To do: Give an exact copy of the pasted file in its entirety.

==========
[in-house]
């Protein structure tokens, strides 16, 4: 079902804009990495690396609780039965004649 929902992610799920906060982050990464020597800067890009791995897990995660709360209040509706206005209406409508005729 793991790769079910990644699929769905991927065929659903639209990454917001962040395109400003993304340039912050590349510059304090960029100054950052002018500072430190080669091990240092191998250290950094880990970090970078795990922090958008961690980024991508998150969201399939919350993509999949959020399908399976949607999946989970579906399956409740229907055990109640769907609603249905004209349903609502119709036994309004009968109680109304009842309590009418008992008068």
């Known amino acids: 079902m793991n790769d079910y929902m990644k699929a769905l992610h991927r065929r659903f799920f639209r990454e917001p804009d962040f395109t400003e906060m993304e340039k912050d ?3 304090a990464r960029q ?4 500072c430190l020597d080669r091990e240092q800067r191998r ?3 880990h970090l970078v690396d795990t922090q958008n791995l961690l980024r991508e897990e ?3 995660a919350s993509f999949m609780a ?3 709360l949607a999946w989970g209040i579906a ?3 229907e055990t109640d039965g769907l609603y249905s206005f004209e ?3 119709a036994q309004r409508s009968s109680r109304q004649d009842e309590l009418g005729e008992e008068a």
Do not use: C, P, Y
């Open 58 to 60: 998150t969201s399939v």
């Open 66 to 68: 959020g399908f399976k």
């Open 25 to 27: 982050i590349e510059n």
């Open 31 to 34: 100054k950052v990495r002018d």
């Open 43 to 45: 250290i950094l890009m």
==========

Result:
[in-house]
């Protein structure tokens, strides 16, 4: 079902804009990495690396609780039965004649 929902992610799920906060982050990464020597800067890009791995897990995660709360209040509706206005209406409508005729 793991790769079910990644699929769905991927065929659903639209990454917001962040395109400003993304340039912050590349510059304090960029100054950052002018500072430190080669091990240092191998250290950094880990970090970078795990922090958008961690980024991508998150969201399939919350993509999949959020399908399976949607999946989970579906399956409740229907055990109640769907609603249905004209349903609502119709036994309004009968109680109304009842309590009418008992008068």
């Known amino acids: 079902m793991n790769d079910y929902m990644k699929a769905l992610h991927r065929r659903f799920f639209r990454e917001p804009d962040f395109t400003e906060m993304e340039k912050d ?3 304090a990464r960029q ?4 500072c430190l020597d080669r091990e240092q800067r191998r ?3 880990h970090l970078v690396d795990t922090q958008n791995l961690l980024r991508e897990e ?3 995660a919350s993509f999949m609780a ?3 709360l949607a999946w989970g209040i579906a ?3 229907e055990t109640d039965g769907l609603y249905s206005f004209e ?3 119709a036994q309004r409508s009968s109680r109304q004649d009842e309590l009418g005729e008992e008068a």
Do not use: C, P, Y
């Open 58 to 60: 998150t969201s399939v």
């Open 66 to 68: 959020g399908f399976k």
């Open 25 to 27: 982050i590349e510059n």
């Open 31 to 34: 100054k950052v990495r002018d």
């Open 43 to 45: 250290i950094l890009m």